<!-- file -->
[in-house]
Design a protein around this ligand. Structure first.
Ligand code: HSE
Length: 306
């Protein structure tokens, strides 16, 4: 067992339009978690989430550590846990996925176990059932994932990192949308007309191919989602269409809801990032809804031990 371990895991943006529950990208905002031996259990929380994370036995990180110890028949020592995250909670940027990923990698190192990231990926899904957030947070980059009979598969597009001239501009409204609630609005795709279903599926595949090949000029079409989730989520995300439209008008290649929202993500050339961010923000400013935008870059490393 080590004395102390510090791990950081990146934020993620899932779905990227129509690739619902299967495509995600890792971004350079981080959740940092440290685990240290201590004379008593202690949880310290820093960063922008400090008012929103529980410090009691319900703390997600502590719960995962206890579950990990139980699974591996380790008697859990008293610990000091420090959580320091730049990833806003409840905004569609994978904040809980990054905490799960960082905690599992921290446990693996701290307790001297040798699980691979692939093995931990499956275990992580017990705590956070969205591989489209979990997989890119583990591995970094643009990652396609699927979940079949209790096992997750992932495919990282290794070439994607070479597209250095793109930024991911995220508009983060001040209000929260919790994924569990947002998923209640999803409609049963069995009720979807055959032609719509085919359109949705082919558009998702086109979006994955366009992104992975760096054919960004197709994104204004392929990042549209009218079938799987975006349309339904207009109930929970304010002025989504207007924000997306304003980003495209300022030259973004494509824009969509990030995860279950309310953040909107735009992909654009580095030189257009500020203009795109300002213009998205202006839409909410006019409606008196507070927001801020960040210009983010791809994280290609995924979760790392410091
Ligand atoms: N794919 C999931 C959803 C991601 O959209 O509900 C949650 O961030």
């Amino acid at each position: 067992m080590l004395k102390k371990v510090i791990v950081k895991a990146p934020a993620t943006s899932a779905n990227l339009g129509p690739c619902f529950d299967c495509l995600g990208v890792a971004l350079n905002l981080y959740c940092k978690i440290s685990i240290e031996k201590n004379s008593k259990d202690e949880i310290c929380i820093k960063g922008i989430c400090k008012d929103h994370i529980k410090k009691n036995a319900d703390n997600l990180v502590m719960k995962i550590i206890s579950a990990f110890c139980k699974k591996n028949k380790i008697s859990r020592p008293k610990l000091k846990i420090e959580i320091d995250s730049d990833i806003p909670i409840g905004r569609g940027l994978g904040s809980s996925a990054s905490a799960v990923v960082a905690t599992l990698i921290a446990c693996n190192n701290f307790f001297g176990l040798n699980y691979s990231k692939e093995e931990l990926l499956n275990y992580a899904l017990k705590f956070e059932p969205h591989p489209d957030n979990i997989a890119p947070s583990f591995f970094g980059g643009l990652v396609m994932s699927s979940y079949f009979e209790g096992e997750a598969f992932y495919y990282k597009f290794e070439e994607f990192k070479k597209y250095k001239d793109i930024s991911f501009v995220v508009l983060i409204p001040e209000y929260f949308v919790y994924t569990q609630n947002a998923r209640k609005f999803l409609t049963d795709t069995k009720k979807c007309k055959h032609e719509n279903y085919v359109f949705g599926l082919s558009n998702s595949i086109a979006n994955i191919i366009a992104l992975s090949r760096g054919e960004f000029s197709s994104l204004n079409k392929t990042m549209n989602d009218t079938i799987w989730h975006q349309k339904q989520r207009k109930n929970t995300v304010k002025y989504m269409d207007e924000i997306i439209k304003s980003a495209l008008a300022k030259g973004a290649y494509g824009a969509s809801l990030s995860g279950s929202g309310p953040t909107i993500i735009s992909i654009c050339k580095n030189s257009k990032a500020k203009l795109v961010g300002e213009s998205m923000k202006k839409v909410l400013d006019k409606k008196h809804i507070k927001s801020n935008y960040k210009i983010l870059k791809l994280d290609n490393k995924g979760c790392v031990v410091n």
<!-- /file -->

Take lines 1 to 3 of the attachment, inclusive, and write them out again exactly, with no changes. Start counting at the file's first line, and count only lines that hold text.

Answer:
[in-house]
Design a protein around this ligand. Structure first.
Ligand code: HSE